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BACKGROUND: Psychosocial assessment of self-harm patients by mental health service staff is an important aspect of their care. Nevertheless, in England around half of those attending a general hospital following a self-harm episode do not receive such an assessment. We have investigated the reasons for this and the characteristics of patients associated with self-discharge or planned discharge without a psychosocial assessment. METHOD: 8-week audits of self-harm attendances were carried out in 32 Accident and Emergency Departments in England. Where a specialist psychosocial assessment by mental health services was not carried out, information on the reason for this was requested. Due to incomplete data 10 of the 32 hospitals were excluded from analysis. RESULTS: There were 2780 self-harm attendances at the 22 hospitals. Psychosocial assessments were carried out on 59% of episodes. Among those not assessed, 57% discharged themselves and the remainder were discharged by hospital staff. In multivariable models, being male, taking illegal drugs/alcohol, attendance out of office hours and not being admitted to a hospital bed were associated with an increased risk of self-discharge. Younger subjects were more likely to self-discharge, but this association was explained by age-related admission patterns. Young age (<45 years), no previous self-harm and not being admitted were associated with an increased likelihood of discharge by hospital staff without a psychosocial assessment. The apparent increased risk of discharge without an assessment for those who self-lacerated was attenuated after allowing for their lower admissions rates. LIMITATIONS: Missing data from 10 hospitals led to their exclusion from analysis. Only the primary reason for discharge was reported on the audit forms. CONCLUSIONS: Those at elevated risk of suicide--older patients and those with a history of self-harm--were the least likely to be discharged by hospital staff without a psychosocial assessment. However, males (at increased risk of suicide compared with females), those who had taken illegal drugs or/and alcohol and those attending 'out of hours' were more likely to self-discharge. Services need to be modified and evaluated, based on further information about why such individuals are not currently engaging in services.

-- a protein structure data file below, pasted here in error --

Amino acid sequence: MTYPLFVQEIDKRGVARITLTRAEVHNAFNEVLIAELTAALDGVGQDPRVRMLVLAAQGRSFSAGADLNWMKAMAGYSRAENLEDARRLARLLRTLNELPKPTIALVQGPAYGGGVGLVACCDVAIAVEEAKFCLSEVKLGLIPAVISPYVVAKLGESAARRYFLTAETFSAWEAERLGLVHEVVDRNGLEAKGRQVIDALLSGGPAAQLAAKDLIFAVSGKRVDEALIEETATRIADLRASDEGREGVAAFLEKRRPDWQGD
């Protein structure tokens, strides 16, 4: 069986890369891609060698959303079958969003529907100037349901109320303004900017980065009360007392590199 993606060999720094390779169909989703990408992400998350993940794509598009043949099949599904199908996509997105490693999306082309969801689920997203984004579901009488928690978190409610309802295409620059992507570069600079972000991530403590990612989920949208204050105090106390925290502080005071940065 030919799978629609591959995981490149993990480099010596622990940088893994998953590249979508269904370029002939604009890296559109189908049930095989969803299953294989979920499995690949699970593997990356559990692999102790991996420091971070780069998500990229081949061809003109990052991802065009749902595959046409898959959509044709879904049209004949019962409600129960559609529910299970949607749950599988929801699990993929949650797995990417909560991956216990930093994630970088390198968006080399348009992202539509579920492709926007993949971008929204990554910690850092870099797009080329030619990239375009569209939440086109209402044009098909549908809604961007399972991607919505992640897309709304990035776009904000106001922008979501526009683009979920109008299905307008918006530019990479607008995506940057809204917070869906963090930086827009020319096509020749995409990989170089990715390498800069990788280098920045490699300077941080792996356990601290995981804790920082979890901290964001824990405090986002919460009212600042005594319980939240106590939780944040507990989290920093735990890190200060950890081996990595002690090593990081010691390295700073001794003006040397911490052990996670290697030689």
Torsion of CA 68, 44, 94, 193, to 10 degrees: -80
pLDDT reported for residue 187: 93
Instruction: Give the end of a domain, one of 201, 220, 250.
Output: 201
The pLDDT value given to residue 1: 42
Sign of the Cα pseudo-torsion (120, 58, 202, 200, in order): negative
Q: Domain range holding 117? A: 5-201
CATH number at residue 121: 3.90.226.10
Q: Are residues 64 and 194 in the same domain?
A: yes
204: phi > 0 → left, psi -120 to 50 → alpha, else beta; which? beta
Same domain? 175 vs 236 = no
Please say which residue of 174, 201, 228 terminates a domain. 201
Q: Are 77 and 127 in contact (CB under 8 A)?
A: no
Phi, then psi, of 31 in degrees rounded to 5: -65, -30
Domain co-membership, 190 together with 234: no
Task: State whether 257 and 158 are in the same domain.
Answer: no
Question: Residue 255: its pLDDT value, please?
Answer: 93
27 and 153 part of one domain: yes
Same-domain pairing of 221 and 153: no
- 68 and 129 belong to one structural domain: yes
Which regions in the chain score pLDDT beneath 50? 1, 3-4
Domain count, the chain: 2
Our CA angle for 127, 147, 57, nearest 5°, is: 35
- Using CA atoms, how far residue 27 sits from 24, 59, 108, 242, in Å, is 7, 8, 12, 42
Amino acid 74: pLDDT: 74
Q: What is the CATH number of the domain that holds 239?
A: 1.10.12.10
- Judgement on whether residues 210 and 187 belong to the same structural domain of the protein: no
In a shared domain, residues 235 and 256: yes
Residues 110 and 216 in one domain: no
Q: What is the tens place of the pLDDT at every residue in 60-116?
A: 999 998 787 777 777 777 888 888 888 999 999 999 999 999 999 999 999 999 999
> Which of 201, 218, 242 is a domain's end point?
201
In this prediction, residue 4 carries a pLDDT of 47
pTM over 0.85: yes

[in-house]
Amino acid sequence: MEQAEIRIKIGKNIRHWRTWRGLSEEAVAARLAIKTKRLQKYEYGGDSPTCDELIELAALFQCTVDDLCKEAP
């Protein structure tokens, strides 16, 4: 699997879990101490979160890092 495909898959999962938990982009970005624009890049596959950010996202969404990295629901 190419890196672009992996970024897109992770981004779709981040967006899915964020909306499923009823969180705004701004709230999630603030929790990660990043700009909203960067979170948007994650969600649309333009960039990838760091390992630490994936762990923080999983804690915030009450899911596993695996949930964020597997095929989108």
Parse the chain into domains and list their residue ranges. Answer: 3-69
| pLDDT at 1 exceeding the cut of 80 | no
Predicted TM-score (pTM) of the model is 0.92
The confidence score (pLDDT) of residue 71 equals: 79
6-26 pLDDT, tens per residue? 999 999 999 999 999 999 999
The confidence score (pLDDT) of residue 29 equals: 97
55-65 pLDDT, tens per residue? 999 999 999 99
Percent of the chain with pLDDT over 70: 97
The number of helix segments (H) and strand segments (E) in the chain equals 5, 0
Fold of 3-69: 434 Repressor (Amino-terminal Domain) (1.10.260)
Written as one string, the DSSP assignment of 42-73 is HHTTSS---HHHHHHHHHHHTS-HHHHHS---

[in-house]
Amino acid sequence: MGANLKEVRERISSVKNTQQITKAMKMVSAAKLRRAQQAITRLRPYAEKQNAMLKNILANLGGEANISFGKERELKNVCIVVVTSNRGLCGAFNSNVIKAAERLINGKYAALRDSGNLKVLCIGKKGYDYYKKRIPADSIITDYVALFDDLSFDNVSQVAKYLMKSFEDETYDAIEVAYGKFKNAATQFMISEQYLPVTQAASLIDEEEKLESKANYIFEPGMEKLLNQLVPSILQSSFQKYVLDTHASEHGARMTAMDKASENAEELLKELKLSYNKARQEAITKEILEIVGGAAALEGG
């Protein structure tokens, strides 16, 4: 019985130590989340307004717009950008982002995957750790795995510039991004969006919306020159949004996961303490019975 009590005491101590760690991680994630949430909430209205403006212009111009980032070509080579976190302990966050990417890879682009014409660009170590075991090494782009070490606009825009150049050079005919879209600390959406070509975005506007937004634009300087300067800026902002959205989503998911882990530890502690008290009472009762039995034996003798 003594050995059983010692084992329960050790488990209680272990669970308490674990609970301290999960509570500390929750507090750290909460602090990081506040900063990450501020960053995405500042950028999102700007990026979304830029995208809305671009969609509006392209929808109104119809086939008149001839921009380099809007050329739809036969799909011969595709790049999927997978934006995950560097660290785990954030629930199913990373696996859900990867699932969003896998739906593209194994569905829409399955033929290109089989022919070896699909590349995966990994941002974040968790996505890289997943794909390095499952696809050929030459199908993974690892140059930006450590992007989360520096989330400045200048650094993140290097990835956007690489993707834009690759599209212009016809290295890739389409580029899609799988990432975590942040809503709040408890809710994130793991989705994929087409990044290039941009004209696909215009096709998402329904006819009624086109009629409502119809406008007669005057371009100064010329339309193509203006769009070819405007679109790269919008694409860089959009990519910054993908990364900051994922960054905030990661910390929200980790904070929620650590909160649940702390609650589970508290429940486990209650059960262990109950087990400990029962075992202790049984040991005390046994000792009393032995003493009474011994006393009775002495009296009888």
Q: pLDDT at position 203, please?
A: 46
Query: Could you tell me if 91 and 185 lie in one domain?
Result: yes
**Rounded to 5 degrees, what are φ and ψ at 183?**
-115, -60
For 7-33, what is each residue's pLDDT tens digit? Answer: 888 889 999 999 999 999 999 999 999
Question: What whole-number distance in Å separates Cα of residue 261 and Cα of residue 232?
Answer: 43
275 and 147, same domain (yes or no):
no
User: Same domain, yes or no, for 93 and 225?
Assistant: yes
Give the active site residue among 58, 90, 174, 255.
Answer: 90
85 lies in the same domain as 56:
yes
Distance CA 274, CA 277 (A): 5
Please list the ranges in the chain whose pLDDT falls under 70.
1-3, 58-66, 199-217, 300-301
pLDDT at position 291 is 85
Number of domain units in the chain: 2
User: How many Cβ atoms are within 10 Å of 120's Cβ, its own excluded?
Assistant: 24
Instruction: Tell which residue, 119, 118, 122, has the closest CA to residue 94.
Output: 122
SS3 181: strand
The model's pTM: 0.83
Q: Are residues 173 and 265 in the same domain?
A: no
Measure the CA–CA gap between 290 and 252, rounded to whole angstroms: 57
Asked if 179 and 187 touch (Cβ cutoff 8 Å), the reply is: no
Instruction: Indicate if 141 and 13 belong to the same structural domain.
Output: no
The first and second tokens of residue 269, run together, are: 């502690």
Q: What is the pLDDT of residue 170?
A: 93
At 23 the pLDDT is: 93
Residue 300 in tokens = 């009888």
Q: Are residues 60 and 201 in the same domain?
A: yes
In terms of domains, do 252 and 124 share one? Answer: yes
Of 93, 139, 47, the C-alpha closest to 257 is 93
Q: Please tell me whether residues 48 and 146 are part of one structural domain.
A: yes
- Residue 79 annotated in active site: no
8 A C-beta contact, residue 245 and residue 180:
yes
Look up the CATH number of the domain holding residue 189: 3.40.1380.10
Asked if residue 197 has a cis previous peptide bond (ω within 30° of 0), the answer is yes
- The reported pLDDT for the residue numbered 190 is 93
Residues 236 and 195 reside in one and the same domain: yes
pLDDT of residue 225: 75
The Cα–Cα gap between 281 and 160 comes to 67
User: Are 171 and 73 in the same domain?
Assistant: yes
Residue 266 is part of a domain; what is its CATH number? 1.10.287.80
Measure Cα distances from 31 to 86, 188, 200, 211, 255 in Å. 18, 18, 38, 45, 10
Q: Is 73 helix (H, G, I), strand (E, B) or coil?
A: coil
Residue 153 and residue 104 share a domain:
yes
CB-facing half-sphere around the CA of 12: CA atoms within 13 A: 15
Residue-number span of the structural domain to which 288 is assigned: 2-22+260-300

Original publication




Journal article


J Affect Disord

Publication Date





91 - 97


Adult, Aged, Comorbidity, Cross-Sectional Studies, Emergency Service, Hospital, England, Female, Humans, Male, Medical Audit, Middle Aged, Patient Admission, Patient Discharge, Patient Dropouts, Personality Assessment, Psychology, Risk Factors, Self-Injurious Behavior, Statistics as Topic, Substance-Related Disorders, Suicide, Attempted